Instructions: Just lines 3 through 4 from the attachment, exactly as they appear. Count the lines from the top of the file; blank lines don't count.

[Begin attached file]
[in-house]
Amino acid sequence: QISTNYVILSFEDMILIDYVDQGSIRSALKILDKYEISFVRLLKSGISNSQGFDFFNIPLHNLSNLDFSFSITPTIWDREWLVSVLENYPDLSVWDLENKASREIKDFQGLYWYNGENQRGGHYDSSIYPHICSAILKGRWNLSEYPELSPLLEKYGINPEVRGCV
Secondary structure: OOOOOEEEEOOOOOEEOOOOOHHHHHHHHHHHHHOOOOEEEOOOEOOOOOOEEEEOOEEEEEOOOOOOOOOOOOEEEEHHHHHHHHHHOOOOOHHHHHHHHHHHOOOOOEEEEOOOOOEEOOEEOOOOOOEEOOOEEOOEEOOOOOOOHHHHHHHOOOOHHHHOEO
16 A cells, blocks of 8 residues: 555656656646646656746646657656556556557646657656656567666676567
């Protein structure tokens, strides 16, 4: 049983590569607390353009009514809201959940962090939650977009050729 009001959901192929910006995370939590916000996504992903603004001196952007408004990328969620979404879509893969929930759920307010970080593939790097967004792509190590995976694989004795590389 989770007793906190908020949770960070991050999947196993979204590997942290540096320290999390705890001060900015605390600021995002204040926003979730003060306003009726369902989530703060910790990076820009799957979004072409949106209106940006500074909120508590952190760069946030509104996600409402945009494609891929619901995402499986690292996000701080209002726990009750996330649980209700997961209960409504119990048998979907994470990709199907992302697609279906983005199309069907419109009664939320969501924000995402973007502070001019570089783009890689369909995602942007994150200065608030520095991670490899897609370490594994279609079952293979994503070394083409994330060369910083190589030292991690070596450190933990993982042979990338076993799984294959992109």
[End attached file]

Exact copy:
Secondary structure: OOOOOEEEEOOOOOEEOOOOOHHHHHHHHHHHHHOOOOEEEOOOEOOOOOOEEEEOOEEEEEOOOOOOOOOOOOEEEEHHHHHHHHHHOOOOOHHHHHHHHHHHOOOOOEEEEOOOOOEEOOEEOOOOOOEEOOOEEOOEEOOOOOOOHHHHHHHOOOOHHHHOEO
16 A cells, blocks of 8 residues: 555656656646646656746646657656556556557646657656656567666676567